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Peter Groffman elected LTER Chair

At its most recent meeting held at the Konza Prairie Long Term Ecological Research (LTER) site in May 2014, the LTER Science Council elected Peter Groffman, the Principal Investigator of the Baltimore Ecosystem Study (BES) LTER, the new Chair of the LTER Science Council. As is customary, Groffman will serve one year as Chair-elect and two years as Chair, replacing Scott Collins (SEV), who has served since his election in 2010.

“This is a critical and exciting time for the LTER Network. The emergence of the ‘observatory era’ in Environmental Science, with the National Ecological Observatory Network (NEON), Ocean Observing System (OOS), Critical Zone Observatories (CZO), etc has created an opportunity to highlight the unique and powerful design and performance of the LTER network and to articulate its role in this new era,” Groffman says. “We need to be clear about how the LTER network has been and will continue to be critical to research advances, personnel development, outreach to society, and information management.”

Groffman has been an LTER scientist since graduate school, when he conducted his preliminary thesis research at Coweeta LTER. During his postdoctoral work at Michigan State, he participated in writing the first proposal for the creation of the Kellogg Biological Station (KBS) LTER. Groffman has also worked at the Hubbard Brook (HBR) LTER since 1992 and in BES since 1998.

“To me, the LTER network represents everything pure and good in ecosystem science; large collaborative, investigator-driven projects that bring people together to take on the toughest questions in our discipline,” he says. “I am very excited to represent and advocate for the network with funding agencies, scientific societies and the general public.”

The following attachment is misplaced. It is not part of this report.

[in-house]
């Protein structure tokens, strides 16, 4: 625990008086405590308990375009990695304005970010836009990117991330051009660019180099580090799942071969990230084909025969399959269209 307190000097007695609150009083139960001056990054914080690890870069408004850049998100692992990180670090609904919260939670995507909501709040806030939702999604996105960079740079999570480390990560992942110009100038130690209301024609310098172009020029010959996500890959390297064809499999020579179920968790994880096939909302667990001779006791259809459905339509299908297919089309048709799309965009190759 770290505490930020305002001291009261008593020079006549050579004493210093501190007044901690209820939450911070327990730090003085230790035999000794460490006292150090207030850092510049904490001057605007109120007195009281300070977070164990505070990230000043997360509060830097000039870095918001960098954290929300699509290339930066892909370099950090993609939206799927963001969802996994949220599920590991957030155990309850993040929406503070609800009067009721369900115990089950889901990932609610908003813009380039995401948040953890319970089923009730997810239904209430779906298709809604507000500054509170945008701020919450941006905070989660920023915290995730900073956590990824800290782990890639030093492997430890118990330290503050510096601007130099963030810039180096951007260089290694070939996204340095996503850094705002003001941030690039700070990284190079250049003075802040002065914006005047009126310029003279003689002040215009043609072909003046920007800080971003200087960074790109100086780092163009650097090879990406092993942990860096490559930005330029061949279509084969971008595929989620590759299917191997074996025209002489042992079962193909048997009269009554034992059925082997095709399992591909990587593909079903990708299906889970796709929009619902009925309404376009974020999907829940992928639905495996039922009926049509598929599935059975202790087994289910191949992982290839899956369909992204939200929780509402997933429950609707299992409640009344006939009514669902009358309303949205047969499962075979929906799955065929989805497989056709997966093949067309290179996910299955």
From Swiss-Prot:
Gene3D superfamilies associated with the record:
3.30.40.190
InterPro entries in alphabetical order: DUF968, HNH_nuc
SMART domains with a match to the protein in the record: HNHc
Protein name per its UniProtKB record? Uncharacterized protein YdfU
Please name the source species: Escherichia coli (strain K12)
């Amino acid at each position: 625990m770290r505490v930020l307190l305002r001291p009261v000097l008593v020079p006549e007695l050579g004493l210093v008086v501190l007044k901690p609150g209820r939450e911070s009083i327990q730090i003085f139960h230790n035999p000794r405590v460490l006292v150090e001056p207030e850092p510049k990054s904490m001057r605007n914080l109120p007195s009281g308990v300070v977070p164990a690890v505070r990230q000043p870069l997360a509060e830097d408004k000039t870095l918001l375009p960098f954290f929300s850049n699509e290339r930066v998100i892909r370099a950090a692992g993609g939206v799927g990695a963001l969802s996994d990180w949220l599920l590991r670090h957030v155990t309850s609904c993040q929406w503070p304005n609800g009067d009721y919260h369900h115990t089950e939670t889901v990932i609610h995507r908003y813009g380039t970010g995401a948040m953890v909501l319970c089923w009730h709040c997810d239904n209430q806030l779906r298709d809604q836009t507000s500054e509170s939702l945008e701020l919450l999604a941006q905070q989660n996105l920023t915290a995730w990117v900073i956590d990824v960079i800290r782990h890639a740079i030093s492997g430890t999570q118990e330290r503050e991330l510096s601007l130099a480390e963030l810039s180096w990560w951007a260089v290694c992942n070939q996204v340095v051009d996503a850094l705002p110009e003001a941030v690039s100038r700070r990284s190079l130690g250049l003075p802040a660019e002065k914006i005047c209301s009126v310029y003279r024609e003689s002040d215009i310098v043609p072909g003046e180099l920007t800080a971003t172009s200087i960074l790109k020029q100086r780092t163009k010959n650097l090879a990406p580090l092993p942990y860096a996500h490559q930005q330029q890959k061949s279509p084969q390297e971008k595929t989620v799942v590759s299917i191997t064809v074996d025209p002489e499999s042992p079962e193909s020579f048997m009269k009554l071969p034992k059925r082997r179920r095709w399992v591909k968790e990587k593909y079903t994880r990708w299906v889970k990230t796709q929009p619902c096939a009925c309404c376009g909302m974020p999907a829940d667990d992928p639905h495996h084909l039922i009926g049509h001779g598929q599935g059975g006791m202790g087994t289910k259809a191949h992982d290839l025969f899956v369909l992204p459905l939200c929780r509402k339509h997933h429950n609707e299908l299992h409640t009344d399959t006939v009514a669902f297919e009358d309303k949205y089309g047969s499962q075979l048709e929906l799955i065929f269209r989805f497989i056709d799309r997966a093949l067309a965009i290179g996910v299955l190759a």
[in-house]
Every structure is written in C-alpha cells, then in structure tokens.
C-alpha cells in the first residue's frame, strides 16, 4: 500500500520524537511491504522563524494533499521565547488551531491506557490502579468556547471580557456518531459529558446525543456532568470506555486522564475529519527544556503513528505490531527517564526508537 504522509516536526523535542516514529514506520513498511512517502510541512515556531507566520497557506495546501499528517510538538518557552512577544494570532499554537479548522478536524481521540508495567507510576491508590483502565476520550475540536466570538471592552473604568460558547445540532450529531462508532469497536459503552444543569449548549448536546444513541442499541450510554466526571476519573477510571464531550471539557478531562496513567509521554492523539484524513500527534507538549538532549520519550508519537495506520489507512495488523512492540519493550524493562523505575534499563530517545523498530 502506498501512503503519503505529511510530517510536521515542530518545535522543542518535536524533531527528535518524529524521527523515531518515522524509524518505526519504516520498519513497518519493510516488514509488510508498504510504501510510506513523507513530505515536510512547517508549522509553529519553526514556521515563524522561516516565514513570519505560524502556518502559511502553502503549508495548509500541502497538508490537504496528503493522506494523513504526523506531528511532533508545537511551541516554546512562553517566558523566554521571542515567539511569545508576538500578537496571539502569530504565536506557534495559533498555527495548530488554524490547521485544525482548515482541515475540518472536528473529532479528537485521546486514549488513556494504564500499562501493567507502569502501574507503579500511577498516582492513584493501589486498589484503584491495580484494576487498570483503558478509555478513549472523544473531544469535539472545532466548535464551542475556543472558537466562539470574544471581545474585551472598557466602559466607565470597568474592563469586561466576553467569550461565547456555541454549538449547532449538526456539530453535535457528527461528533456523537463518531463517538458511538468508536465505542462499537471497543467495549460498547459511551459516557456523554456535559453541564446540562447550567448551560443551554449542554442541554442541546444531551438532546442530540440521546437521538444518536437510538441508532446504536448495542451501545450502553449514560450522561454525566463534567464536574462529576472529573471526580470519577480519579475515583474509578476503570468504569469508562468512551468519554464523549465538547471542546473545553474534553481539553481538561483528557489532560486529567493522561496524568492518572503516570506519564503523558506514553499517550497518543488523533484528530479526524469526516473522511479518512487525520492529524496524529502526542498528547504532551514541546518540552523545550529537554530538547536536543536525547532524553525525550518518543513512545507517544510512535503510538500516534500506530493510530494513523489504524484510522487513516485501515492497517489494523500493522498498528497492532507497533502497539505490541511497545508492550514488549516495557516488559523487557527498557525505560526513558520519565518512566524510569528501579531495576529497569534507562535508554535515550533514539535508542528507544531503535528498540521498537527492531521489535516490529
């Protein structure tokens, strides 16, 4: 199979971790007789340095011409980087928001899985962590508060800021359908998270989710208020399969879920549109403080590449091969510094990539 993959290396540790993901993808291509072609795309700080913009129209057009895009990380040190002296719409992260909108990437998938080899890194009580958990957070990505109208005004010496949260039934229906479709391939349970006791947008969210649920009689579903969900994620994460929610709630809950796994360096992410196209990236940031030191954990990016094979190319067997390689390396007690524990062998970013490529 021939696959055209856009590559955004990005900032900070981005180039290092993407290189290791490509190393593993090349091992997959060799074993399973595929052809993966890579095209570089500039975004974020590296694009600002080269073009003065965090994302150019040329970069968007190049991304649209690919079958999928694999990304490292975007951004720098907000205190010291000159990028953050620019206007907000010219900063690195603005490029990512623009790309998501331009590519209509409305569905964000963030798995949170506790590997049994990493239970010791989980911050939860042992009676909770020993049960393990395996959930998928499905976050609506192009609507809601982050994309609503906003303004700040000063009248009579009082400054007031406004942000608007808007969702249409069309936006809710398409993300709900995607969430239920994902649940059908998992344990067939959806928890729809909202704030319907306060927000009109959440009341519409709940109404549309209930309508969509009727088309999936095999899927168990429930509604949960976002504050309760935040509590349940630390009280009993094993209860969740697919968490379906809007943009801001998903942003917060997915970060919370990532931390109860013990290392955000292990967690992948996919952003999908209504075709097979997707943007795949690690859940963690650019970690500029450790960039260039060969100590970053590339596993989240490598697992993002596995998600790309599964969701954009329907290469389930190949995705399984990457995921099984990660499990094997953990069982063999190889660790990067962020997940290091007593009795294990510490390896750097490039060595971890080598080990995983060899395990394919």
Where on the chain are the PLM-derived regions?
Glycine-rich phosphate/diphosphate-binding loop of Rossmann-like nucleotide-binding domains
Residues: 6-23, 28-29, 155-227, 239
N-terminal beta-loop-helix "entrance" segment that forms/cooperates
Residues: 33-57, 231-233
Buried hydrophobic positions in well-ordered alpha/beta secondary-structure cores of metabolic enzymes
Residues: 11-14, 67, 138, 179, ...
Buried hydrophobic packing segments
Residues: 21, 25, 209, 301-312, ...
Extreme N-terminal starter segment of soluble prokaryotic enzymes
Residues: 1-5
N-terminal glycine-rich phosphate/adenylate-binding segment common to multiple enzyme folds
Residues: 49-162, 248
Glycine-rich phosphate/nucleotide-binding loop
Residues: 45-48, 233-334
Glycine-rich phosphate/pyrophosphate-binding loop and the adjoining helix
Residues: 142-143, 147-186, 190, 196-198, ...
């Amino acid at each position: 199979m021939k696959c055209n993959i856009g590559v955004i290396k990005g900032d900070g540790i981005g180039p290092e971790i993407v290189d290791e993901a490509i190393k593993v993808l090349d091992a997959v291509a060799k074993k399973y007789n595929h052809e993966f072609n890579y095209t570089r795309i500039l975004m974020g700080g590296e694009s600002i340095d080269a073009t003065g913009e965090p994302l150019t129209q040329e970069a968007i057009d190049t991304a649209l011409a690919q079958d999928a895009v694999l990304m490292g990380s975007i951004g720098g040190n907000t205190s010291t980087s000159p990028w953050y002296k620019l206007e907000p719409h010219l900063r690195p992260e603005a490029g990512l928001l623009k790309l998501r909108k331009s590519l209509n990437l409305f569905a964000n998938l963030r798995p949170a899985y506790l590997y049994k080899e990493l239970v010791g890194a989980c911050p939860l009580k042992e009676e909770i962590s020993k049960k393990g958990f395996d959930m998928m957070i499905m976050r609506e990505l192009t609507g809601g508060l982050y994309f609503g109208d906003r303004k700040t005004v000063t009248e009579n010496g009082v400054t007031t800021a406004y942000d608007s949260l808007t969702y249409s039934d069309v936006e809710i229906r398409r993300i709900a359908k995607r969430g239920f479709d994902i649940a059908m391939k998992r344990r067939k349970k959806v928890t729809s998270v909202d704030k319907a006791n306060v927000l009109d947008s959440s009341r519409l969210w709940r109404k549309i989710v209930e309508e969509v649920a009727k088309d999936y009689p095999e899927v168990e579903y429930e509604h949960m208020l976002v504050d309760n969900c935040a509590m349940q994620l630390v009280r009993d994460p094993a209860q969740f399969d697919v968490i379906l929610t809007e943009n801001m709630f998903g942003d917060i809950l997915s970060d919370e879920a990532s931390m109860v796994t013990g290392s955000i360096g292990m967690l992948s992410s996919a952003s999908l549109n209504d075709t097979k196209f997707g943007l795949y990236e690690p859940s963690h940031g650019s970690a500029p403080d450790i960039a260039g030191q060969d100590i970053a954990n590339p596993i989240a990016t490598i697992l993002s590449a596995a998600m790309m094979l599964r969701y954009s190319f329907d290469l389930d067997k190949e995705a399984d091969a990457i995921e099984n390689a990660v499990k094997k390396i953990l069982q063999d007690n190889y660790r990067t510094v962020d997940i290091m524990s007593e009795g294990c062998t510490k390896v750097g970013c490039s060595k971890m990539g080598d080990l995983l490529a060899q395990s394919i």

The Science Council sets and coordinates the scientific direction and vision of the LTER Network. The Council has the responsibility to provide leadership and planning for cross-site research and education, to develop proposals for the conduct of Network-level science, to interact with existing and emerging networks, to develop products that synthesize Network-level data and information, and to otherwise manage the science affairs of the LTER Network.

The Chair presides at all meetings of the Science Council and the Executive Board and, along with the Executive Board, generally oversees and supervises the governance of the LTER Network. Among other things the Chair facilitates communication with Network sites regarding decisions of the Executive Board, and serves as (or appoints) liaison to the National Science Foundation (NSF), other agencies, associations, networks, the public, and to Network committees.

Groffman’s vision for LTER is to have a strong and evolving partnership with NSF, scientific societies, and the general public, and to make it clear that the LTER network of sites are conducting critically important research that underlies the solutions to key societal challenges, and that LTER is leading the scientific community in the collaborative approaches and data sharing activities that are critical to meeting these challenges.

“Demonstrating the value of scientific research to society is an old topic that has generated new interest as societal concerns about environmental issues have varied wildly over the past few years,” Groffman observes. “As a centerpiece of ecosystem research in the U.S., LTER has a strong role to play in this conversation.”

Groffman served on the LTER Governance Working Group (2005 – 2006) that developed the new governance structure for the network, giving the Science Council more responsibility for science, and making the Executive Board more representative and giving it more decision making power.